10 Things You Shouldn’t Say to a Survivor/Victim of Abuse

All of these things have been said to me, and I don’t think they realize how much it actually hurts.

  1. “Stop making yourself out to be the victim.” Saying that to someone in recovery from being abused infers that they’re still a victim. There’s a difference in surviving abuse and being in recovery versus still being in the abusive environment. If I was still in the abusive environment/around it, it still wouldn’t give you a “right” to say this to me. Also, even if a person still refers to (his/her)self as a victim even though they’re a survivor, that’s none of your business, either. It takes a while to work up the courage to say, “Hey, I’m a survivor!”
    Although I’m no longer a victim of abuse, I’m still living through it daily via PTSD. I do consider myself a victim of that. And I hate it. I just want to get away from it, even if only for a day.
  2. “Stop living in the past.” If it’s all you know, it’s hard to live life without abuse in it. The person who was abused could have a(n) disorder/illness caused by the abuse and you wouldn’t know until you found out. Or if you do know, then you still can’t really justify that they’re just living in the past. It’s all that’s known. The past may be in the past, but I can’t erase my memories. My mind’s blocked out some things, but not everything.
  3. “One day you’ll be able to close this chapter in your life and forgive.” I’m not holding a grudge. I’ve forgiven, but I don’t think I’ll ever be able to forget what happened to me. What I went through is the reason I am the way I am today. If I had never been abused, I don’t think I would have as much compassion for people as much as I do. Actually, people who don’t know I was abused and what I went through cannot adequately understand me. People who’ve never been abused/went through what I’ve went through will most likely never understand. The most I can do is educate people about abuse from my point of view and experience. I cannot change their perceptions.
  4. “There are other people who have it worse.” This gives the impression that my story is redundant and irrelevant and unimportant – as if it’s okay for me to have had to go through something I never wanted to go through. Sure, there’s always going to be a situation worse than another, but that doesn’t make said situation any less important. They’re all important. Being abused should never be a competition.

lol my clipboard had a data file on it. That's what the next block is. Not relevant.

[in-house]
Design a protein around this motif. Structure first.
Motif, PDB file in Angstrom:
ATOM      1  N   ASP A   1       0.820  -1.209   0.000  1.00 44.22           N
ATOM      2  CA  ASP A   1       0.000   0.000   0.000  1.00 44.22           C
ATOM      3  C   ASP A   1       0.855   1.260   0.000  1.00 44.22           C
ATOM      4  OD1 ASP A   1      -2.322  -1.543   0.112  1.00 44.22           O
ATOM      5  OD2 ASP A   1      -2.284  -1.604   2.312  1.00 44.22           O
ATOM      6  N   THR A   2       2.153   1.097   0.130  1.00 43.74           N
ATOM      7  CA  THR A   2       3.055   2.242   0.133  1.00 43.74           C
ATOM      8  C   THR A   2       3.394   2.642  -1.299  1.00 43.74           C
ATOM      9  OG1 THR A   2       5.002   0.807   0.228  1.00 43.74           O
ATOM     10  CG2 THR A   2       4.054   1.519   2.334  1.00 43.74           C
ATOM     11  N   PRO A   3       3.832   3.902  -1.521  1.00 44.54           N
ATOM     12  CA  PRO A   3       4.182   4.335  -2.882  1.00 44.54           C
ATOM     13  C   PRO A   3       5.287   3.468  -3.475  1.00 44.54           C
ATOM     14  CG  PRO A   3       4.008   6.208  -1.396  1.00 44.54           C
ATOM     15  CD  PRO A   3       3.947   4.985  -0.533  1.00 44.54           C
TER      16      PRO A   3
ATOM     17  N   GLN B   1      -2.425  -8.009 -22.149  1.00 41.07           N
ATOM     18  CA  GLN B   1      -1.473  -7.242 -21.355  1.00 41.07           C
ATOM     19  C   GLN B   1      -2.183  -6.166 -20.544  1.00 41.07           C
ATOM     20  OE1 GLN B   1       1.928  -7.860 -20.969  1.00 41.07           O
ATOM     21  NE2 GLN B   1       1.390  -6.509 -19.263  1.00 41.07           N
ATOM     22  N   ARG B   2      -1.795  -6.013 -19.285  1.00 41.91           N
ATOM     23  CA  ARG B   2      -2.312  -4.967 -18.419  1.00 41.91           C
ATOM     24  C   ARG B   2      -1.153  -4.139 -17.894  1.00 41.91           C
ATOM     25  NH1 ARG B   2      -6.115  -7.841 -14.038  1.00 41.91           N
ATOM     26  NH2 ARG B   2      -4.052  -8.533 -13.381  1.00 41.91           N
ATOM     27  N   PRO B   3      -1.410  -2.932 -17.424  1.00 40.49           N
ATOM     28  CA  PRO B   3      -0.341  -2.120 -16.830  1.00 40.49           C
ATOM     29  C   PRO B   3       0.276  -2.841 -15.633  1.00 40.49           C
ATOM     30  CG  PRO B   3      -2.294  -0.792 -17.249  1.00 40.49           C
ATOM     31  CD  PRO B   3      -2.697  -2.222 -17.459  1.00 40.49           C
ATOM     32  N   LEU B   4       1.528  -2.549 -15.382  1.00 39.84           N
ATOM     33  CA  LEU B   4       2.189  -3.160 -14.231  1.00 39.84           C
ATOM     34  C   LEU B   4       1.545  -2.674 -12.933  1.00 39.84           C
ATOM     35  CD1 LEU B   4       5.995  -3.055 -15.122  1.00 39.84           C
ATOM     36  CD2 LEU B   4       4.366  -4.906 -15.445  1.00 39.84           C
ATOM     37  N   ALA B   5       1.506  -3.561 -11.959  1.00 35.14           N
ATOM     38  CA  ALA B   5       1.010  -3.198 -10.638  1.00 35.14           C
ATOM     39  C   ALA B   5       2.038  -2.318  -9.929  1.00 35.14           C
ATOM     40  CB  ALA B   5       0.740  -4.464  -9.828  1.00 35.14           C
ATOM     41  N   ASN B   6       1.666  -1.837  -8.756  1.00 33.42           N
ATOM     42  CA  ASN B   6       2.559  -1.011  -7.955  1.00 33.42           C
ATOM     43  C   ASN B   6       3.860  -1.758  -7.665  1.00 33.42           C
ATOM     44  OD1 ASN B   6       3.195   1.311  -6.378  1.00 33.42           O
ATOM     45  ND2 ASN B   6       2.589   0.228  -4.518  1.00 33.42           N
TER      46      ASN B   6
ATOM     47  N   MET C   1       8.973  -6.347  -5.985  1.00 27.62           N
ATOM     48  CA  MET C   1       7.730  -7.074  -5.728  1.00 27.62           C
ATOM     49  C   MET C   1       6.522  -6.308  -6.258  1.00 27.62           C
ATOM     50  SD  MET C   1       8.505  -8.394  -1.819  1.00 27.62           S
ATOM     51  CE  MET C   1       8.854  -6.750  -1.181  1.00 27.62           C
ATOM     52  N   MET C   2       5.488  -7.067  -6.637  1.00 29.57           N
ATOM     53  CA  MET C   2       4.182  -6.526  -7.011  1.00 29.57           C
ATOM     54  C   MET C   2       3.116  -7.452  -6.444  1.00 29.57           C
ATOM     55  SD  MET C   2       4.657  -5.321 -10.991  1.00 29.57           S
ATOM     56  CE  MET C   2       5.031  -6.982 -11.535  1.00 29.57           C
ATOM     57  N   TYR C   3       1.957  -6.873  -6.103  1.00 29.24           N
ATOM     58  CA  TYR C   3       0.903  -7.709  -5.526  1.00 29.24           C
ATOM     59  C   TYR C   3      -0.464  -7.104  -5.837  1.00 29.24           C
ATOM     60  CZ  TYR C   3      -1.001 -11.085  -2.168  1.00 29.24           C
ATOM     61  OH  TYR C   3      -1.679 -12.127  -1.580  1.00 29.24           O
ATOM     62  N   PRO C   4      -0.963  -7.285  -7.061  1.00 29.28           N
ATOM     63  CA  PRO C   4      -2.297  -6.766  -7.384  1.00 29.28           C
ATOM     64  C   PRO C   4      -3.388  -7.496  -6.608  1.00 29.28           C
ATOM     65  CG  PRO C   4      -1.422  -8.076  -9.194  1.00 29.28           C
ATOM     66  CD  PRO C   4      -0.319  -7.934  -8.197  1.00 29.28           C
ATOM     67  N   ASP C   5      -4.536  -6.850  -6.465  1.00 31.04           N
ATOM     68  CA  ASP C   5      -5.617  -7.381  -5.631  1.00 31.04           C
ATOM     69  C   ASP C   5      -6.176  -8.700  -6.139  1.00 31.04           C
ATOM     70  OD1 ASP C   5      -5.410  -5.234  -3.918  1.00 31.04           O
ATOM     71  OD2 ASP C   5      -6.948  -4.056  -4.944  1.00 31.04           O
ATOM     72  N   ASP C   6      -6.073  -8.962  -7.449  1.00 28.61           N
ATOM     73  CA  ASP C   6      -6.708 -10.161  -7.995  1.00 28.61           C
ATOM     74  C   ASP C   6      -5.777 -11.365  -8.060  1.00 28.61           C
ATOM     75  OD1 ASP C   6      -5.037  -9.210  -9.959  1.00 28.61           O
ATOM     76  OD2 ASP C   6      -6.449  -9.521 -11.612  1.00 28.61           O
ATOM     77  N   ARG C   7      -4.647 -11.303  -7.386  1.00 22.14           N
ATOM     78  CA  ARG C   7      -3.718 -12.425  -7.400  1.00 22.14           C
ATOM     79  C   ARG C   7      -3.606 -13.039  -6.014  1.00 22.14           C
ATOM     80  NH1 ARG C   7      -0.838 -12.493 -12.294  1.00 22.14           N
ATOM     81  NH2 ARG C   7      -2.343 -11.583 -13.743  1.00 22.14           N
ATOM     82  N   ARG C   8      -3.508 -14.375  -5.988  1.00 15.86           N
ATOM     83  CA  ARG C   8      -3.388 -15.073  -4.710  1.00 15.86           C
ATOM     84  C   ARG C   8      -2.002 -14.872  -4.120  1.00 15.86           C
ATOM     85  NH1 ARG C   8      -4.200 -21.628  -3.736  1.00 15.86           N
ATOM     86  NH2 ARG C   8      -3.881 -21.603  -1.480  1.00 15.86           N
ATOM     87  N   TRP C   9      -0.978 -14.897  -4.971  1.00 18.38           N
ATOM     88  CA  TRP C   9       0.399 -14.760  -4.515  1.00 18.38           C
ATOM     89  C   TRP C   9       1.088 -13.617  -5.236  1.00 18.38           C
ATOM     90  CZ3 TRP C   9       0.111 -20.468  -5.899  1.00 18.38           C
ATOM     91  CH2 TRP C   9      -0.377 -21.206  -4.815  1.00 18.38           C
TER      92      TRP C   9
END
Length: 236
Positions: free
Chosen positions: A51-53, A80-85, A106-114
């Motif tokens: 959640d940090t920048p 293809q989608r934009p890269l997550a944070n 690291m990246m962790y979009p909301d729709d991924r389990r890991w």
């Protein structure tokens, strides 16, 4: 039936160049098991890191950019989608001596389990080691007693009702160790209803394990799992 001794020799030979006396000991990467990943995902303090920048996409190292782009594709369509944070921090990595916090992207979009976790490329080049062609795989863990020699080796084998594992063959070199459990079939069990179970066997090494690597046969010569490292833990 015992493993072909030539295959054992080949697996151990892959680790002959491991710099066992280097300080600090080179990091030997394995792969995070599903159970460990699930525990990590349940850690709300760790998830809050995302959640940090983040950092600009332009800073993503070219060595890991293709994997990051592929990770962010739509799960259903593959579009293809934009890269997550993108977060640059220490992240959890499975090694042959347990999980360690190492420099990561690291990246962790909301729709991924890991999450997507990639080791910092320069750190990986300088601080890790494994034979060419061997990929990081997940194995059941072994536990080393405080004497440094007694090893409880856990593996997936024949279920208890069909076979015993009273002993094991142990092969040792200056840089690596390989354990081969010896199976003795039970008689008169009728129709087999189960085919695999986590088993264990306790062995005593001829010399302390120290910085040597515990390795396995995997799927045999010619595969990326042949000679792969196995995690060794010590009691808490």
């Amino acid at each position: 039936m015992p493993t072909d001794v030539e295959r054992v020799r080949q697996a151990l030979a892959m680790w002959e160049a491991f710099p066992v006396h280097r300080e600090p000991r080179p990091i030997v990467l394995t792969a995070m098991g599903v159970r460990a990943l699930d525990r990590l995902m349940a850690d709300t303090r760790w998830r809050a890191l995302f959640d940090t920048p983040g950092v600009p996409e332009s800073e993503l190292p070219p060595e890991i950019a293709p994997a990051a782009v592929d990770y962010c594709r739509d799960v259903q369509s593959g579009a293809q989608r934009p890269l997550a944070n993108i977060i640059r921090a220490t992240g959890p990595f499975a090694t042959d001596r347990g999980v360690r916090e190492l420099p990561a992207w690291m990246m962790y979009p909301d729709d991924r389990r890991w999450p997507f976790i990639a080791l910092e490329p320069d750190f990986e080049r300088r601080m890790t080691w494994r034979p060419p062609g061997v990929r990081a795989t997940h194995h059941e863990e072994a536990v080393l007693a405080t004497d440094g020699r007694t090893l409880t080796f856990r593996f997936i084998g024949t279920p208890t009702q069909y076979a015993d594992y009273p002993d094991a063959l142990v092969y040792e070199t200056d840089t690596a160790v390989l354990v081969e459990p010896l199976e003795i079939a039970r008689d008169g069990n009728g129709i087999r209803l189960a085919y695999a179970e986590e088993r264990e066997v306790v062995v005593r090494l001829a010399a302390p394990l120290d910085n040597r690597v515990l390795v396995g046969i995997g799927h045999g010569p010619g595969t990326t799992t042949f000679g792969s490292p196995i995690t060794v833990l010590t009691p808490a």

5. “She’s your mother.”/”You have to forgive her.”/”You’ll always love her.” There are many couples in this world that would have loved to have me as a child because they cannot have kids, just want to adopt, etc. My mother was selfish, and although she received child support, I was always told my dad never paid it. She lied and neglected me. Her husband, my step dad, abused me. They see nothing wrong with that. Just because she’s my mother doesn’t mean I have to love her. If you want to throw God’s views into this, I personally like to think that he has an exception for abuse victims and survivors and wouldn’t be upset that I don’t want to love her. Unfortunately, I do love her, and that is the problem. This is the same as telling me, “Well, back then, parents __________, and it didn’t matter.” Since when was abuse okay?
  6. “My boyfriend abused me for 2 years, and I’m over it. You can’t be hurting as much as I am.” Sorry to hear that, but I was abused for over a decade. Time doesn’t judge pain caused by abuse. In fact, I don’t think it can. That would be like me telling you you can’t possibly hurt as much as I have because you were only abused for 2 years. I could also throw in that you didn’t lose your entire childhood to abuse. Either way, it would still be inconsiderate of me to say those things to you.
  7. “I feel sorry for you.” Why? This doesn’t change anything aside from the fact that I think maybe I should feel sorry for myself – and helpless. You can be sorry, but there’s nothing you can do to change what happened. No one can ever change what happened in the past.
  8. “Just ignore them.”/”What they’re saying doesn’t matter and isn’t true, so stop letting it affect you.” When you hear something so much, you can’t just zone it out. Ignorant people are the ones who say things like, “Just deal with it,” because they can’t wrap their brains around it. They’re uneducated, so maybe they think it makes them sound smart. But ignoring problems only results in said problem growing bigger somewhere down the road.